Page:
In a perfect world, the next thing I would've done is to put up a simple landing page. On it, I could've explained what Indie Hackers is about and added form to collect email addresses from people who were interested. Then I could've submitted the page to something like BetaList and maybe gotten 50-200+ signups who I could email when I launched. It would have been a quick and easy win.
But I did none of that. Whoops.
Instead, I dove right in and started building the site. It took me a week and change to finish it, even though the website itself is quite simple. I spent many hours focusing on the design of the site (I wanted it to look good), the tech (I wanted to have fun building it), and the hosting (I didn't want things to crash at launch).
First up, the design. The conventional wisdom is to keep your MVP as barebones as possible. I think that makes a lot of sense. You don't want to waste days putting lipstick on a pig. But, me being me, I couldn't stand to release something that didn't look good. I really wanted Indie Hackers to be unique and memorable, so I decided right off the bat that it'd have a dark background. Did the design help out with the launch? I have no idea. But I have received a lot of positive comments about it, and that feels great!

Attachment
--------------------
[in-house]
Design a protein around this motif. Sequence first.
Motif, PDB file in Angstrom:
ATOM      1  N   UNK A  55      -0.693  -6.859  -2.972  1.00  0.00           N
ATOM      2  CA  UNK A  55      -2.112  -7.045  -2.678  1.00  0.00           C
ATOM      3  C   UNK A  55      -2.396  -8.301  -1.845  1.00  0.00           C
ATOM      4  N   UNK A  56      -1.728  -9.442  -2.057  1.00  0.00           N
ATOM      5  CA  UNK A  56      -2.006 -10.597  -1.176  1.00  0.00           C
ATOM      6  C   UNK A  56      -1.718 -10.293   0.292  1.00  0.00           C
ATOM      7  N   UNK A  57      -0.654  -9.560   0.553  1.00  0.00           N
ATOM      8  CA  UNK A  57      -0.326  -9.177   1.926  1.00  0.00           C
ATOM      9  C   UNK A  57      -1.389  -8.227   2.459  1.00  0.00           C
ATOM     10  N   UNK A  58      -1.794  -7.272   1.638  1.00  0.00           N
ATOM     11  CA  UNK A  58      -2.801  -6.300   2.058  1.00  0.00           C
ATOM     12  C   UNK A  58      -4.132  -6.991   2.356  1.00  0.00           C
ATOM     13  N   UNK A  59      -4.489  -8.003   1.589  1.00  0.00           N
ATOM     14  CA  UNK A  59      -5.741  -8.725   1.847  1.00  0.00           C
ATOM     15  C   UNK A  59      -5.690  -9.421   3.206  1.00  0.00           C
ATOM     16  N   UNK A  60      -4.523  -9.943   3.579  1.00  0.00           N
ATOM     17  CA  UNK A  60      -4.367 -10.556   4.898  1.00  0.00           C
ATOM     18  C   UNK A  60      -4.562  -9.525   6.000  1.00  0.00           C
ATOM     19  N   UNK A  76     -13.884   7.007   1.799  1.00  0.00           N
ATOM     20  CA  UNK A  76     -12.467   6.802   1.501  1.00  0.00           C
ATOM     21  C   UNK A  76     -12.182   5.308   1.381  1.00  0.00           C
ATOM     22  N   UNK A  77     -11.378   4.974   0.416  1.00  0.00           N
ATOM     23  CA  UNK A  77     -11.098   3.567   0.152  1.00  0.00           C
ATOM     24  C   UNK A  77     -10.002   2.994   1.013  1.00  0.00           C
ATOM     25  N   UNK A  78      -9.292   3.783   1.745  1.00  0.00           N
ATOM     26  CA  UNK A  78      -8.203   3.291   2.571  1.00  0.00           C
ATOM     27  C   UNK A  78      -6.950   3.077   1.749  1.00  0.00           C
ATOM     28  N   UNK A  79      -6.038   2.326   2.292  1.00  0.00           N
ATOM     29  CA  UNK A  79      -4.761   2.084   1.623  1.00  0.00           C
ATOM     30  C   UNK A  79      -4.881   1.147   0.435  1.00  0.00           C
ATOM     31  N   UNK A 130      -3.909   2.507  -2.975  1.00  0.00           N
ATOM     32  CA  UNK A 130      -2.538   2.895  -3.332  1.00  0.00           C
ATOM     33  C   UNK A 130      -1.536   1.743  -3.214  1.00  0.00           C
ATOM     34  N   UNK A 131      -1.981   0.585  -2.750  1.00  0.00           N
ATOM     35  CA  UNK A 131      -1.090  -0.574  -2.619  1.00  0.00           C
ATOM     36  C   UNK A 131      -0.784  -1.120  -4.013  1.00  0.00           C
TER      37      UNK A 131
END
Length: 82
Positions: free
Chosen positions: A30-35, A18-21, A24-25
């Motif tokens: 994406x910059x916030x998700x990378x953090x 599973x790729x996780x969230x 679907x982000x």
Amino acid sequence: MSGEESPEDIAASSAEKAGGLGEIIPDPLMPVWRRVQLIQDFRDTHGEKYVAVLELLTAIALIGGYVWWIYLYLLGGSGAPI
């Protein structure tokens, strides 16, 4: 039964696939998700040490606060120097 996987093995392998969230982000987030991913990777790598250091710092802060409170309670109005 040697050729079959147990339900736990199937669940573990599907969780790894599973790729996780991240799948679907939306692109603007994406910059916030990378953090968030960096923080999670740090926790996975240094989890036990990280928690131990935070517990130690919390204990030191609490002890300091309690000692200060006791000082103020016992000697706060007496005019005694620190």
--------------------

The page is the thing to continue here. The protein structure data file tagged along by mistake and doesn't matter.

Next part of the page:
Next, the tech. Let me start by saying that spending as much time as I did on the tech was not justifiable. There's no reason Indie Hackers couldn't just be a small collection of HTML files on a server. But I'm partial to single page apps, and I really wanted to use Ember FastBoot (a way to render Ember apps on the server), so I spent a few days setting that up and having fun.
Finally, hosting. I've had two launches in the past where the traffic brought down the servers. There is no worse time for your app to go down, and I wasn't going to make that mistake again. I decided to host the site on Amazon's Elastic Beanstalk, which automates adding/removing servers depending on how much traffic your site is getting.
In a way, all of the above was "useful" procrastination. I was doing things that I consider fun, like programming, design, and server setup. However, I knew the real reason the launch would ultimately succeed or fail would be the interviews themselves.
Doing the Interviews